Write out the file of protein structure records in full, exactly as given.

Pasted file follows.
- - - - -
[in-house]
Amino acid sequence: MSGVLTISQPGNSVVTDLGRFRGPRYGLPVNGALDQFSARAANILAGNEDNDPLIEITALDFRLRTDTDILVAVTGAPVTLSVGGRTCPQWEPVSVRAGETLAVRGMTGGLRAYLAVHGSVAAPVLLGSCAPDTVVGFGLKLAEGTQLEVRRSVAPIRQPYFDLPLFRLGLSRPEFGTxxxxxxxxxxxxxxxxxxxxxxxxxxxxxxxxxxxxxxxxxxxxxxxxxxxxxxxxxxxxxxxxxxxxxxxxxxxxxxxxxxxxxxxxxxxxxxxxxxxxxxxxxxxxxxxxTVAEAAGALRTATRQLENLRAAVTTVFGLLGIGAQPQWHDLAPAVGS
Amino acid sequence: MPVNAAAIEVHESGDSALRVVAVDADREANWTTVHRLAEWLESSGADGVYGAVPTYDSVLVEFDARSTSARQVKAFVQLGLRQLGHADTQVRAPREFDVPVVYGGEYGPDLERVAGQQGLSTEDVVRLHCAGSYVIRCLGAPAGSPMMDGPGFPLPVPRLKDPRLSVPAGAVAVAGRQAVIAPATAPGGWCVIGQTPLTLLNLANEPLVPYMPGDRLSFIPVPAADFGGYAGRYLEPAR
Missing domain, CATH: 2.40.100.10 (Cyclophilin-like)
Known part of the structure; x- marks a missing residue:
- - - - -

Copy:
[in-house]
Amino acid sequence: MSGVLTISQPGNSVVTDLGRFRGPRYGLPVNGALDQFSARAANILAGNEDNDPLIEITALDFRLRTDTDILVAVTGAPVTLSVGGRTCPQWEPVSVRAGETLAVRGMTGGLRAYLAVHGSVAAPVLLGSCAPDTVVGFGLKLAEGTQLEVRRSVAPIRQPYFDLPLFRLGLSRPEFGTxxxxxxxxxxxxxxxxxxxxxxxxxxxxxxxxxxxxxxxxxxxxxxxxxxxxxxxxxxxxxxxxxxxxxxxxxxxxxxxxxxxxxxxxxxxxxxxxxxxxxxxxxxxxxxxxTVAEAAGALRTATRQLENLRAAVTTVFGLLGIGAQPQWHDLAPAVGS
Amino acid sequence: MPVNAAAIEVHESGDSALRVVAVDADREANWTTVHRLAEWLESSGADGVYGAVPTYDSVLVEFDARSTSARQVKAFVQLGLRQLGHADTQVRAPREFDVPVVYGGEYGPDLERVAGQQGLSTEDVVRLHCAGSYVIRCLGAPAGSPMMDGPGFPLPVPRLKDPRLSVPAGAVAVAGRQAVIAPATAPGGWCVIGQTPLTLLNLANEPLVPYMPGDRLSFIPVPAADFGGYAGRYLEPAR
Missing domain, CATH: 2.40.100.10 (Cyclophilin-like)
Known part of the structure; x- marks a missing residue: